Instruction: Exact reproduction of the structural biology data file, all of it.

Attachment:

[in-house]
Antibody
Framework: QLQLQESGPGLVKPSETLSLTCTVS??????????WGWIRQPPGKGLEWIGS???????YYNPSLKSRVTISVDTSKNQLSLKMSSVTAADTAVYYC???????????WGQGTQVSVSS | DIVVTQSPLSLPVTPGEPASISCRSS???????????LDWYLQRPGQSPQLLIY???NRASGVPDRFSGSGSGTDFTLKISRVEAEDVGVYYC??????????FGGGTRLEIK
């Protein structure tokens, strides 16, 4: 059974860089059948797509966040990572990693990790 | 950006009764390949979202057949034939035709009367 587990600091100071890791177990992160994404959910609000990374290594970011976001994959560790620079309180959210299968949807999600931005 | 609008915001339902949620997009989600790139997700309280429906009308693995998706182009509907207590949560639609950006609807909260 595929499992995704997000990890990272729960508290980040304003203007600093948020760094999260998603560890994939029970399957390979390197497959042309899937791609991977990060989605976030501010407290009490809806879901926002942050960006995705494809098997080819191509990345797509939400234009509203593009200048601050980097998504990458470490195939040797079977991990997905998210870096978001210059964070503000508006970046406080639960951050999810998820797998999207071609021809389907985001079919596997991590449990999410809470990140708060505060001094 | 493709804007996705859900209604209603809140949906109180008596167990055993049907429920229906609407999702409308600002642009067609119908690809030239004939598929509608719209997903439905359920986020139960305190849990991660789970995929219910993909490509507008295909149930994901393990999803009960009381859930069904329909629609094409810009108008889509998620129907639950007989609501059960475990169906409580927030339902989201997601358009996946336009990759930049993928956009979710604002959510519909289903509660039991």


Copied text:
[in-house]
Antibody
Framework: QLQLQESGPGLVKPSETLSLTCTVS??????????WGWIRQPPGKGLEWIGS???????YYNPSLKSRVTISVDTSKNQLSLKMSSVTAADTAVYYC???????????WGQGTQVSVSS | DIVVTQSPLSLPVTPGEPASISCRSS???????????LDWYLQRPGQSPQLLIY???NRASGVPDRFSGSGSGTDFTLKISRVEAEDVGVYYC??????????FGGGTRLEIK
């Protein structure tokens, strides 16, 4: 059974860089059948797509966040990572990693990790 | 950006009764390949979202057949034939035709009367 587990600091100071890791177990992160994404959910609000990374290594970011976001994959560790620079309180959210299968949807999600931005 | 609008915001339902949620997009989600790139997700309280429906009308693995998706182009509907207590949560639609950006609807909260 595929499992995704997000990890990272729960508290980040304003203007600093948020760094999260998603560890994939029970399957390979390197497959042309899937791609991977990060989605976030501010407290009490809806879901926002942050960006995705494809098997080819191509990345797509939400234009509203593009200048601050980097998504990458470490195939040797079977991990997905998210870096978001210059964070503000508006970046406080639960951050999810998820797998999207071609021809389907985001079919596997991590449990999410809470990140708060505060001094 | 493709804007996705859900209604209603809140949906109180008596167990055993049907429920229906609407999702409308600002642009067609119908690809030239004939598929509608719209997903439905359920986020139960305190849990991660789970995929219910993909490509507008295909149930994901393990999803009960009381859930069904329909629609094409810009108008889509998620129907639950007989609501059960475990169906409580927030339902989201997601358009996946336009990759930049993928956009979710604002959510519909289903509660039991």